Associate Justice of the U.S. Supreme Court Sonia Sotomayor.
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Sonia Sotomayor to receive 2024 Radcliffe Medal

Associate justice of U.S. Supreme Court honored for her work as a fearless and compassionate jurist

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Sonia Sotomayor, an associate justice of the Supreme Court of the United States, will receive the Radcliffe Medal on May 24, the Harvard Radcliffe Institute announced on Thursday.

Each year during Harvard University’s Commencement Week, Radcliffe awards its highest honor to an individual who embodies its commitment to excellence and impact. The Radcliffe Medal was first awarded to Lena Horne in 1987. Past recipients include Madeleine Albright, Hillary Rodham Clinton, Melinda French Gates, Ruth Bader Ginsburg, Dolores Huerta, Sherrilyn Ifill, Toni Morrison, Sandra Day O’Connor, Gloria Steinem, Ophelia Dahl, and Janet Yellen.

“I can think of no more deserving a recipient of our 2024 Radcliffe Medal than Justice Sonia Sotomayor,” said Tomiko Brown-Nagin, dean of Radcliffe Institute for Advanced Study, Daniel P.S. Paul Professor of Constitutional Law at Harvard Law School, and a professor of history in the Harvard Faculty of Arts and Sciences. “Her brilliance, indefatigable work ethic, and steadfast determination led her to our nation’s highest court, where she has been a fearless and insightful interpreter of our Constitution and laws. At a time when our nation is wrestling with divisive issues, she has demonstrated the galvanizing power of dissent to inform ongoing debates and inspire further action.”

“At a time when our nation is wrestling with divisive issues, she has demonstrated the galvanizing power of dissent to inform ongoing debates and inspire further action.”

Tomiko Brown-Nagin, dean of Radcliffe Institute for Advanced Study

Sotomayor has embodied and advanced equality and opportunity throughout her long career as a litigator and pathbreaking judge.

Sonia Sotomayor was born to Celina Baez, a nurse, and Juan Sotomayor, a manual laborer with a third-grade education who spoke no English. Both had moved to New York from Puerto Rico during World War II, and Sotomayor was born and raised in the Bronx. Her family lived in public housing, and her father died when she was 9. After his death, Sotomayor’s mother — a fierce believer in the value of education — began working six days a week to support her daughter and son and to cover the costs of sending both to private Catholic schools. A diligent student, Sotomayor graduated as valedictorian, earned a scholarship to Princeton University — graduating with top honors again — and received her J.D. from Yale Law School, where she was an editor of the Yale Law Journal.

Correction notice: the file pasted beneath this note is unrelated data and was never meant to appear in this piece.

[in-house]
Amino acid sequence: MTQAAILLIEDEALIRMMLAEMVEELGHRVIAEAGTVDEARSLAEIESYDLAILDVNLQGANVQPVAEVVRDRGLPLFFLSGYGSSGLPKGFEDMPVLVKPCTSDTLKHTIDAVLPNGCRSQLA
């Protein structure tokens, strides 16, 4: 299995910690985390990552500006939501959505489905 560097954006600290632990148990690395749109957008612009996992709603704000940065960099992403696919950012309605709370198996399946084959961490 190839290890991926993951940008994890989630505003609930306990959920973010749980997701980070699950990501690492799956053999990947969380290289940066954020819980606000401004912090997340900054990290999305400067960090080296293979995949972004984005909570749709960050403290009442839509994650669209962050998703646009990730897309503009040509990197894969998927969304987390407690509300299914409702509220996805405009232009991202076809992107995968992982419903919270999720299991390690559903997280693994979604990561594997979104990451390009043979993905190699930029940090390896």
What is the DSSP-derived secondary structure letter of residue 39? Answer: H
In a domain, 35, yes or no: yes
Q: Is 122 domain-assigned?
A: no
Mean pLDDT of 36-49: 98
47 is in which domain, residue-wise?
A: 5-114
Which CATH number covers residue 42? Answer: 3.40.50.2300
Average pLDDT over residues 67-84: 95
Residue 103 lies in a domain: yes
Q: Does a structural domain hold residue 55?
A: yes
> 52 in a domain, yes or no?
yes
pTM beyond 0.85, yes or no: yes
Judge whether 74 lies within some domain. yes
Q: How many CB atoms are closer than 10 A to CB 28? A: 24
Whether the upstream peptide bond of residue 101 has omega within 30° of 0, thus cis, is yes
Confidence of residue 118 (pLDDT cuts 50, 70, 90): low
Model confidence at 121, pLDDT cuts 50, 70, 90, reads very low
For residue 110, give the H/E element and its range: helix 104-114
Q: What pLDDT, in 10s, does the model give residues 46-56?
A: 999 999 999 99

But Sotomayor’s modest origins are not all that shaped her. Her work ethic and career choices provided another form of education, giving her extensive on-the-ground experience as a lawyer and judge. By the time she was nominated to the United States Supreme Court in 2009 by President Barack Obama, Sotomayor brought with her more federal judicial experience than any other U.S. Supreme Court justice in a century.

Sotomayor’s career began when the renowned Manhattan district attorney Robert Morgenthau tapped her to join his office when she was 25 years old. A skilled prosecutor, she entered private practice focused on commercial litigation, rising from associate to partner in the 1980s. President George H.W. Bush nominated her to the U.S. District Court for the Southern District of New York in 1991, where she made headlines for “saving” Major League Baseball from a strike in 1995. In 1997, President Bill Clinton’s selection elevated her to the U.S. Court of Appeals for the Second Circuit.

As Obama later observed, “It’s a measure of her qualities and her qualifications that Judge Sotomayor was nominated to the U.S. District Court by a Republican president … and promoted to the federal court of appeals by a Democrat.” 

In 2009, Obama nominated her to the U.S. Supreme Court, and when the Senate confirmed her nomination, she became the first Hispanic and the third woman to reach such judicial heights. One of her first major opinions was a dissent in Berghuis v. Thompkins, in which she called out the majority for eroding criminal defendants’ constitutional right to remain silent and ignoring the coercive realities of the criminal justice system. In the ensuing years, she strengthened her reputation as a defender of the voiceless and marginalized in society, and she has demonstrated the force of vigorous dissent. Later dissents in Schuette v. BAMN, Utah v. Strieff, and Trump v. Hawaii forced the Court to reckon with its present and historical failures to ensure equality under the law and safeguard rights.

Over nearly 15 years on the nation’s highest court, Sotomayor has weighed the impact of cases on people from all backgrounds and has openly embraced the idea that lived experience can enhance judicial decision-making.

“I strive never to forget the real-world consequences of my decisions on individuals, businesses, and government,” she said upon her nomination to the Supreme Court. Since then, she has fought tirelessly to advance equality, expose systemic injustice, and hold those with power to account.

“I am an ordinary person who has been blessed with extraordinary opportunities and experiences,” Sotomayor has written. 

Visit the Radcliffe website to register for the May 24 event.